Where can you go? Well, that depends. Most states have some kind of public law library system – you can look at some lists of those libraries, both national and regional. You can also do a search in Google (or your favorite search engine) for something like county law library list (if you have an area, like Florida or California or Duval County, to add to the search that’s even better!).
You can also use public law school libraries for free in most cases. And even private law schools will often let you in (sometimes for a small fee, but often at least a couple times for free). There are also some lists of the law school libraries (this one goes directly to their catalogs, but you can then find the name of the law school near you). Or you can look at the law schools and find their library page.
Once you find a library – do not be shy to talk to the librarians, they want to help you (just be sure to use your best library voice…).
As summer jobs and internships start, one of the questions we get at the Library is “how do I start my research?” The good news is, there are lots of resources on how to do that!
Some of the best resources are Libguides on legal research. Libguides are created by librarians, and there are lots of law librarians helping you out! Florida Coastal has a great one for low cost legal research.
If you want more, run a search in Google for libguide starting legal research: .edu (that : .edu restricts the search to only school websites). Or change up the language and run starting legal research libguide: .edu (it will give you slightly different results). Switch up the words for more results libguide beginning legal research: .edu for example.
Or, call a Librarian! We are here all summer for you, whether it is for class, an externship or work! You can call and leave a message, we will call you back – (904) 680-7612. Or you can email us your question firstname.lastname@example.org or use the Ask A Librarian page.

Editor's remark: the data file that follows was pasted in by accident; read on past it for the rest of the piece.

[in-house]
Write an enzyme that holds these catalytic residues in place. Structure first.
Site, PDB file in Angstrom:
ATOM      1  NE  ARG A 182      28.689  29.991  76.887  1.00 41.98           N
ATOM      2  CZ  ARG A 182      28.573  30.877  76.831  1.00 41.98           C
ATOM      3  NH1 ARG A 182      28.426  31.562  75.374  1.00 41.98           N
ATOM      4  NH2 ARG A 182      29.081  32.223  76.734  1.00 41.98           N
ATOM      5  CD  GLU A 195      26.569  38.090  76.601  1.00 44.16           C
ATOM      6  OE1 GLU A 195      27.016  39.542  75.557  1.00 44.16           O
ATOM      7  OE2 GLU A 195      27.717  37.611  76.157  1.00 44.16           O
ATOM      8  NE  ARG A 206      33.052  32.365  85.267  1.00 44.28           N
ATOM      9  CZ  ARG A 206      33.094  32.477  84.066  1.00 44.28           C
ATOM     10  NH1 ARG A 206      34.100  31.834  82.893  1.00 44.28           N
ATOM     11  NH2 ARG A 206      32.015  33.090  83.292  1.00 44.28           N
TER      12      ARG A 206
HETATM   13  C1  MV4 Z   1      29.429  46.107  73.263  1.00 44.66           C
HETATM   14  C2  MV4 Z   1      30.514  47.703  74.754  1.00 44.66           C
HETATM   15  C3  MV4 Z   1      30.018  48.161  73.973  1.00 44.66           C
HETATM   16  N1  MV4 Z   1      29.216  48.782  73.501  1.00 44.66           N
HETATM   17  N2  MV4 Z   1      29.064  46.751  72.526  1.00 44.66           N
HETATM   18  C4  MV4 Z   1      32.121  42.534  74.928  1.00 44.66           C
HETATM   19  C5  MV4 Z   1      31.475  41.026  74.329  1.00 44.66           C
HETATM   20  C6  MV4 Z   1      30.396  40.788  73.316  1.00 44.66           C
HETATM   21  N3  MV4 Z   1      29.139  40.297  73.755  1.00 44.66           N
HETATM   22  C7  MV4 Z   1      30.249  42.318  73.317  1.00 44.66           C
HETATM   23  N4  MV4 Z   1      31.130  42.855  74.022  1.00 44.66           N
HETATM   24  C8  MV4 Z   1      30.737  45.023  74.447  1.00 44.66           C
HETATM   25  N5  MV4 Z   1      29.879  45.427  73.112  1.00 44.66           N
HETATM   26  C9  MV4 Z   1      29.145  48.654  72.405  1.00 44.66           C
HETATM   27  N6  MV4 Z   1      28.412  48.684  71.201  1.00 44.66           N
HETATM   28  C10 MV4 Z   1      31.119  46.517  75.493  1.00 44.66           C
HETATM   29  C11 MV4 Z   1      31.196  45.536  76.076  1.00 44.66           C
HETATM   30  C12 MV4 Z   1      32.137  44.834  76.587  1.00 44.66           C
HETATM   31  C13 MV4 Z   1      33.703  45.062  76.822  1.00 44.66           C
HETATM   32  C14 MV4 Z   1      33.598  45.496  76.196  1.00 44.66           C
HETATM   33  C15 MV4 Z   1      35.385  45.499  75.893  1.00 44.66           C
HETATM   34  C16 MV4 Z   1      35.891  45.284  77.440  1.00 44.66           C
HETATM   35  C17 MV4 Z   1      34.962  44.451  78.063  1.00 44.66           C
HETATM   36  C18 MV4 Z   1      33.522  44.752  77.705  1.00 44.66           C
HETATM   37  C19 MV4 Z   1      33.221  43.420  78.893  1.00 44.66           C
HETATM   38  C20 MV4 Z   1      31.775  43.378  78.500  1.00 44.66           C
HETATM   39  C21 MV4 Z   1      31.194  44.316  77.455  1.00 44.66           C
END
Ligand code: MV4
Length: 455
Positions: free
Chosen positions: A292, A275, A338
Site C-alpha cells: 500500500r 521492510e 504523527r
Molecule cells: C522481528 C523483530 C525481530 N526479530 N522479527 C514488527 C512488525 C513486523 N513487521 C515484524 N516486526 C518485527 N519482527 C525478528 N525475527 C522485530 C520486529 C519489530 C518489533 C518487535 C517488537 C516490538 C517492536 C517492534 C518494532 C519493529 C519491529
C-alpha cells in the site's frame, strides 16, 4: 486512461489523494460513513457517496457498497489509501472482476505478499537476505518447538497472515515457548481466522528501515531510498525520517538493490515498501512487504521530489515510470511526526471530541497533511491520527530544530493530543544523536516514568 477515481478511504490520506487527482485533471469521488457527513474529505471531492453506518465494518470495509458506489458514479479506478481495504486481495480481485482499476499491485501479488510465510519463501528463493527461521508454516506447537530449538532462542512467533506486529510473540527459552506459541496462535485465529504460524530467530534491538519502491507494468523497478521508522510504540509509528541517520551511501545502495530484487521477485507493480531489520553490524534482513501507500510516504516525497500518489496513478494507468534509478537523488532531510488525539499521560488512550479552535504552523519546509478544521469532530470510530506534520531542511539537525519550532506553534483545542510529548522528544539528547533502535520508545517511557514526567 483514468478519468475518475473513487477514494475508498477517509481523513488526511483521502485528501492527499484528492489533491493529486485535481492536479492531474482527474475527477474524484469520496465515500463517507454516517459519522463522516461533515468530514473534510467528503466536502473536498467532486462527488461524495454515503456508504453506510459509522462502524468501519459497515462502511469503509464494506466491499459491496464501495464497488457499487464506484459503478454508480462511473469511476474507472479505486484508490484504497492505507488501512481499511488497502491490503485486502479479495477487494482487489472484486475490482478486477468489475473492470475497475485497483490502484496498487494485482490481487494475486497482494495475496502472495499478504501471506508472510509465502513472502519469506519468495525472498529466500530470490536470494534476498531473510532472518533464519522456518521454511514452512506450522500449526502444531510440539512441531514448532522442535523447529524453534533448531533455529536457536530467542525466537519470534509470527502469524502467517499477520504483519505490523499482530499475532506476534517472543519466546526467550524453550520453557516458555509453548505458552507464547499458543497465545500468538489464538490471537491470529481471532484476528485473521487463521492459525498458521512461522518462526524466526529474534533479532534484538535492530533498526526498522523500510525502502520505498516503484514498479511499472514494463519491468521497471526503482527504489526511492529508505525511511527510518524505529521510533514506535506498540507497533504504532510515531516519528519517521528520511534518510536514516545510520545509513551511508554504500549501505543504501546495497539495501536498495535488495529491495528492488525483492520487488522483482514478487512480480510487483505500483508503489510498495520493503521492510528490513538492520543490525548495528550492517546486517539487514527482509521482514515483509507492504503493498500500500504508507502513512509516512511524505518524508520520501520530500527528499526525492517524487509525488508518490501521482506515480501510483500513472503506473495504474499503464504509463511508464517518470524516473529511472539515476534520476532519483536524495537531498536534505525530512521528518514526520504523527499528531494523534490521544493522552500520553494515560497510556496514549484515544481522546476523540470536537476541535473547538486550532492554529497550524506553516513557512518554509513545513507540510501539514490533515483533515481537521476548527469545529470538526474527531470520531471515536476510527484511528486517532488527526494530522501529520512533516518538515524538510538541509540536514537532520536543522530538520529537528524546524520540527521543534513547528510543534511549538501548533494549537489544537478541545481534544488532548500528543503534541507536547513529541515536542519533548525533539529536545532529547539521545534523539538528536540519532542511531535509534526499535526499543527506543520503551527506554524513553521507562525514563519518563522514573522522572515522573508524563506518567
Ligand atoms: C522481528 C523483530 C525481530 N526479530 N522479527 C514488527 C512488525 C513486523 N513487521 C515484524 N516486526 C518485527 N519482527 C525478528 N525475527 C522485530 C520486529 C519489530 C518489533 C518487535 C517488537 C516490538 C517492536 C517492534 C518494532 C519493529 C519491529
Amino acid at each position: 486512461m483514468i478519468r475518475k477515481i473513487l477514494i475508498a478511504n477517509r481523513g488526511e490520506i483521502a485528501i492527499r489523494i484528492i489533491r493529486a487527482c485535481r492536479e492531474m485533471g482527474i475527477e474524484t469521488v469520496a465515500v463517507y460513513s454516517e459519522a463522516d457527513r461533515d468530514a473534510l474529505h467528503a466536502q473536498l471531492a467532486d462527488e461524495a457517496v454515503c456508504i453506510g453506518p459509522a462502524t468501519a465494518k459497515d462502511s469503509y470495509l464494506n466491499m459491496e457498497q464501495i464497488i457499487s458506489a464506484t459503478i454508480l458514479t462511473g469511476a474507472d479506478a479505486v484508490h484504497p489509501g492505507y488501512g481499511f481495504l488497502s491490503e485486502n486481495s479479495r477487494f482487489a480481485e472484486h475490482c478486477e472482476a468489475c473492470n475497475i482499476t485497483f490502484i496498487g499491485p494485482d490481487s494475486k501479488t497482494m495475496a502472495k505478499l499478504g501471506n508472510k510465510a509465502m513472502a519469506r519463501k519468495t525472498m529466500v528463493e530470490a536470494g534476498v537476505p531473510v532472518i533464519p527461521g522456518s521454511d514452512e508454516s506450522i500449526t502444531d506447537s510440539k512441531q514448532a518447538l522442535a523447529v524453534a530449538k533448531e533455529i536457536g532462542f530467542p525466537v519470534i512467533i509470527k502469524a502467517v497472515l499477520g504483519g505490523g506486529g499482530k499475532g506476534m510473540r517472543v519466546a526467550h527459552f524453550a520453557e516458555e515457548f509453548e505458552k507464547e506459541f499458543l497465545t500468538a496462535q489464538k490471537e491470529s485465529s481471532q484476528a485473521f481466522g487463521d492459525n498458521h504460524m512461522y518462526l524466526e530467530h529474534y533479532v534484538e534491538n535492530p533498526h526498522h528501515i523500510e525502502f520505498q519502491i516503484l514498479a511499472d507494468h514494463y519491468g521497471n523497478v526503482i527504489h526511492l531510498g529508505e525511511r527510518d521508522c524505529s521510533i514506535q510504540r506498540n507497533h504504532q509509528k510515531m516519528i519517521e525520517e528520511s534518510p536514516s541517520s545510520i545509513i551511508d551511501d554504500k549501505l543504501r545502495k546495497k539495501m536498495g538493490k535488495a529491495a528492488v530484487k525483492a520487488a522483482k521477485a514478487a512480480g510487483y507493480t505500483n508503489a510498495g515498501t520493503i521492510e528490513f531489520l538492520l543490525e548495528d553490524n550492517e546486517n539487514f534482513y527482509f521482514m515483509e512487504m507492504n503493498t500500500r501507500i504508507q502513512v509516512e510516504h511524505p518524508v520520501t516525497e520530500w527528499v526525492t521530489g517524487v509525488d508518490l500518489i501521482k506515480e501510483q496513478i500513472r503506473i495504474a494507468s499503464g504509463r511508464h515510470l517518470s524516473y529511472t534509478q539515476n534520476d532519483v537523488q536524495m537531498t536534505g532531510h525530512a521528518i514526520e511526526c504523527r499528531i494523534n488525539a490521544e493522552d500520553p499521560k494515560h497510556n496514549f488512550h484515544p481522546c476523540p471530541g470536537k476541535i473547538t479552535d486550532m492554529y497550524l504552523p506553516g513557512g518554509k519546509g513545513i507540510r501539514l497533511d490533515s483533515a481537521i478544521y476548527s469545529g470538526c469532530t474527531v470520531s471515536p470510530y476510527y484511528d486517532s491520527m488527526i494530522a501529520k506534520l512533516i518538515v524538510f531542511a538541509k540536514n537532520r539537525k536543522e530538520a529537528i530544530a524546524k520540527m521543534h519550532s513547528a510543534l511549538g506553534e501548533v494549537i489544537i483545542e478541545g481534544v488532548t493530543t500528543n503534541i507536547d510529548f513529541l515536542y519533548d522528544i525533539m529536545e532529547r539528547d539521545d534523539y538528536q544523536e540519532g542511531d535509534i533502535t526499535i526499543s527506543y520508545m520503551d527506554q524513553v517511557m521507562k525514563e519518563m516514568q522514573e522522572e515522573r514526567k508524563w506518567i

What is the best way to deal with exam jitters?
Google, Bing, Duck Duck Go, Ask.com, and other sources will give you common wisdom and anecdotes about various techniques that have worked for other test takers. These may work for you.
But what if you want some no-nonsense, scientifically reliable, double-blind-tested techniques? If so, the best way to find them is to start by carefully selecting a source that contains that kind of material. You may have to try several sources until you find a good one.
I knew I wanted to find an article that contained carefully researched methods of dealing with test-day jitters. I was not interested in studies that simply measured anxiety levels. I wanted articles that would give me reliable advice. I settled on ProQuest eLibrary. I knew this source contained a range of newspapers and magazines that could have articles describing how to deal with exam jitters that would be properly sourced. I found the following tips from Sue Shellenbarger, Toughest Exam Question: What is the Best Way to Study?, WALL ST. J. ONLINE, Oct. 26, 2011.
- If you are taking the exam in an unfamiliar place, visit the room in advance.
- Set aside 10 minutes beforehand to write down your worries. Expressing yourself in writing will unburden you.
- Envision yourself in a situation you find challenging and invigorating. Then switch your mental image to the testing room and imagine yourself feeling the same way. With practice, you’ll be able to summon up more confidence on test day.